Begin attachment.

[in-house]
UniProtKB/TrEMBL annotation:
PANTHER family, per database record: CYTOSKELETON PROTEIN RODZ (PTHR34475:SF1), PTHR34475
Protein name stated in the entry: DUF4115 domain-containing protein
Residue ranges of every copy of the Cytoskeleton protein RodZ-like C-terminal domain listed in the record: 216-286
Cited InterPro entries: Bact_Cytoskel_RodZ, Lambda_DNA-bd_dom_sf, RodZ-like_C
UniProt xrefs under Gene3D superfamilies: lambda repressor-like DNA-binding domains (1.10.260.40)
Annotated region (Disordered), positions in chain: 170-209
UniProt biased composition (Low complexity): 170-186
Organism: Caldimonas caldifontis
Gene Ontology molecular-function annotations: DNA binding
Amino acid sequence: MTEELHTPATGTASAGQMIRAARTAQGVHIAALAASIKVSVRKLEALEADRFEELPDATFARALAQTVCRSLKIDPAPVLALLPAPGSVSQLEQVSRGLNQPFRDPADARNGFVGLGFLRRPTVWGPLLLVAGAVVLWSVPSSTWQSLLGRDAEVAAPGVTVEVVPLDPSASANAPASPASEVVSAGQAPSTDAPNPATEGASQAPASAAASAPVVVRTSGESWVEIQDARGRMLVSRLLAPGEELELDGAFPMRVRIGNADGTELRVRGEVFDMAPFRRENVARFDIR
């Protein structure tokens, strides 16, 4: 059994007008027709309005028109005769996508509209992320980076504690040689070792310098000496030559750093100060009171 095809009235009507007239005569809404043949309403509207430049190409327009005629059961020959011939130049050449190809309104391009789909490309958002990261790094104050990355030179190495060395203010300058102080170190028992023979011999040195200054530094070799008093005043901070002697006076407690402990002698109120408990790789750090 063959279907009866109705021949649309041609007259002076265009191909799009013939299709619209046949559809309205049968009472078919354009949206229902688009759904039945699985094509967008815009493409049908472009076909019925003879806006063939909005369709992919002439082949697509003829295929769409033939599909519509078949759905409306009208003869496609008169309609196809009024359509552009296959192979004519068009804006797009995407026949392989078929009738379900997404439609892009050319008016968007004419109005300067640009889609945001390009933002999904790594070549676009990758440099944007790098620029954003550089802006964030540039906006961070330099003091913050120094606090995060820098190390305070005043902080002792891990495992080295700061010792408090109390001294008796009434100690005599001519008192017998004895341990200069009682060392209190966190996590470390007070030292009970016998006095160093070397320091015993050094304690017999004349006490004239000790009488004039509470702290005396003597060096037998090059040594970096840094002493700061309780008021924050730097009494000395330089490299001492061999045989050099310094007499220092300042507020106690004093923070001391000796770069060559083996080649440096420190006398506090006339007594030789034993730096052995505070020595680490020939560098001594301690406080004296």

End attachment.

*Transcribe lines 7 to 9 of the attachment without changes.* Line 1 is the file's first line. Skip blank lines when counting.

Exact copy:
UniProt xrefs under Gene3D superfamilies: lambda repressor-like DNA-binding domains (1.10.260.40)
Annotated region (Disordered), positions in chain: 170-209
UniProt biased composition (Low complexity): 170-186